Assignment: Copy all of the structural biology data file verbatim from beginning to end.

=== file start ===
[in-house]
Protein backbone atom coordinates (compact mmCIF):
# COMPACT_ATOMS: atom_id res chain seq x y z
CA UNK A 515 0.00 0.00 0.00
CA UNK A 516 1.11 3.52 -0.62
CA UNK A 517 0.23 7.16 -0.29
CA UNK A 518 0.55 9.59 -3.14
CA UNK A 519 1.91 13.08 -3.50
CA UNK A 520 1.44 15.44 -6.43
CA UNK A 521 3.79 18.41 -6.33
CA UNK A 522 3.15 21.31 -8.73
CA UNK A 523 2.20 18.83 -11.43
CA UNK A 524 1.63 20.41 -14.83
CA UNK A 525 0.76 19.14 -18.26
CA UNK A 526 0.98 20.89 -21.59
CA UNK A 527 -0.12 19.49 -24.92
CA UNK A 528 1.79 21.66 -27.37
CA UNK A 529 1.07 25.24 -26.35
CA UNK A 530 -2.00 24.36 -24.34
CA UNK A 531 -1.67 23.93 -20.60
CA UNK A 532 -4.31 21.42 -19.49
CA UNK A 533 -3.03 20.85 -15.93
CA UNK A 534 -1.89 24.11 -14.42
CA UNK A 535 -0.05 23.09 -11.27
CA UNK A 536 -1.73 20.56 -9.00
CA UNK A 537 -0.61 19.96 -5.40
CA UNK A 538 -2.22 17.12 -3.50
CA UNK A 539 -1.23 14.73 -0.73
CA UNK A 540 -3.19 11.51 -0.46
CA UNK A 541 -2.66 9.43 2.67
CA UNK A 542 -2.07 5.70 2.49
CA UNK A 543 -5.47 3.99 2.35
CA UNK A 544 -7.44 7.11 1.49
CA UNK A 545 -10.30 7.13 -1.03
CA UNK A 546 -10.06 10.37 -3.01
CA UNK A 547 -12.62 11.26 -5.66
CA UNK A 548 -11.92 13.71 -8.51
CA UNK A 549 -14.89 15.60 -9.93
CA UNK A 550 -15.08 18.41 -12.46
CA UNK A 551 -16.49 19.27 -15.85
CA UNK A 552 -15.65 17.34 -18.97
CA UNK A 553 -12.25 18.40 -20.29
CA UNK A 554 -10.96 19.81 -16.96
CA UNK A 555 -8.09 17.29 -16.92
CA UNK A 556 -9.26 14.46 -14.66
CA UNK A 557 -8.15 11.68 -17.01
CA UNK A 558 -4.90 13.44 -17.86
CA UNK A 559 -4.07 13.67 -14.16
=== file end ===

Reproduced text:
[in-house]
Protein backbone atom coordinates (compact mmCIF):
# COMPACT_ATOMS: atom_id res chain seq x y z
CA UNK A 515 0.00 0.00 0.00
CA UNK A 516 1.11 3.52 -0.62
CA UNK A 517 0.23 7.16 -0.29
CA UNK A 518 0.55 9.59 -3.14
CA UNK A 519 1.91 13.08 -3.50
CA UNK A 520 1.44 15.44 -6.43
CA UNK A 521 3.79 18.41 -6.33
CA UNK A 522 3.15 21.31 -8.73
CA UNK A 523 2.20 18.83 -11.43
CA UNK A 524 1.63 20.41 -14.83
CA UNK A 525 0.76 19.14 -18.26
CA UNK A 526 0.98 20.89 -21.59
CA UNK A 527 -0.12 19.49 -24.92
CA UNK A 528 1.79 21.66 -27.37
CA UNK A 529 1.07 25.24 -26.35
CA UNK A 530 -2.00 24.36 -24.34
CA UNK A 531 -1.67 23.93 -20.60
CA UNK A 532 -4.31 21.42 -19.49
CA UNK A 533 -3.03 20.85 -15.93
CA UNK A 534 -1.89 24.11 -14.42
CA UNK A 535 -0.05 23.09 -11.27
CA UNK A 536 -1.73 20.56 -9.00
CA UNK A 537 -0.61 19.96 -5.40
CA UNK A 538 -2.22 17.12 -3.50
CA UNK A 539 -1.23 14.73 -0.73
CA UNK A 540 -3.19 11.51 -0.46
CA UNK A 541 -2.66 9.43 2.67
CA UNK A 542 -2.07 5.70 2.49
CA UNK A 543 -5.47 3.99 2.35
CA UNK A 544 -7.44 7.11 1.49
CA UNK A 545 -10.30 7.13 -1.03
CA UNK A 546 -10.06 10.37 -3.01
CA UNK A 547 -12.62 11.26 -5.66
CA UNK A 548 -11.92 13.71 -8.51
CA UNK A 549 -14.89 15.60 -9.93
CA UNK A 550 -15.08 18.41 -12.46
CA UNK A 551 -16.49 19.27 -15.85
CA UNK A 552 -15.65 17.34 -18.97
CA UNK A 553 -12.25 18.40 -20.29
CA UNK A 554 -10.96 19.81 -16.96
CA UNK A 555 -8.09 17.29 -16.92
CA UNK A 556 -9.26 14.46 -14.66
CA UNK A 557 -8.15 11.68 -17.01
CA UNK A 558 -4.90 13.44 -17.86
CA UNK A 559 -4.07 13.67 -14.16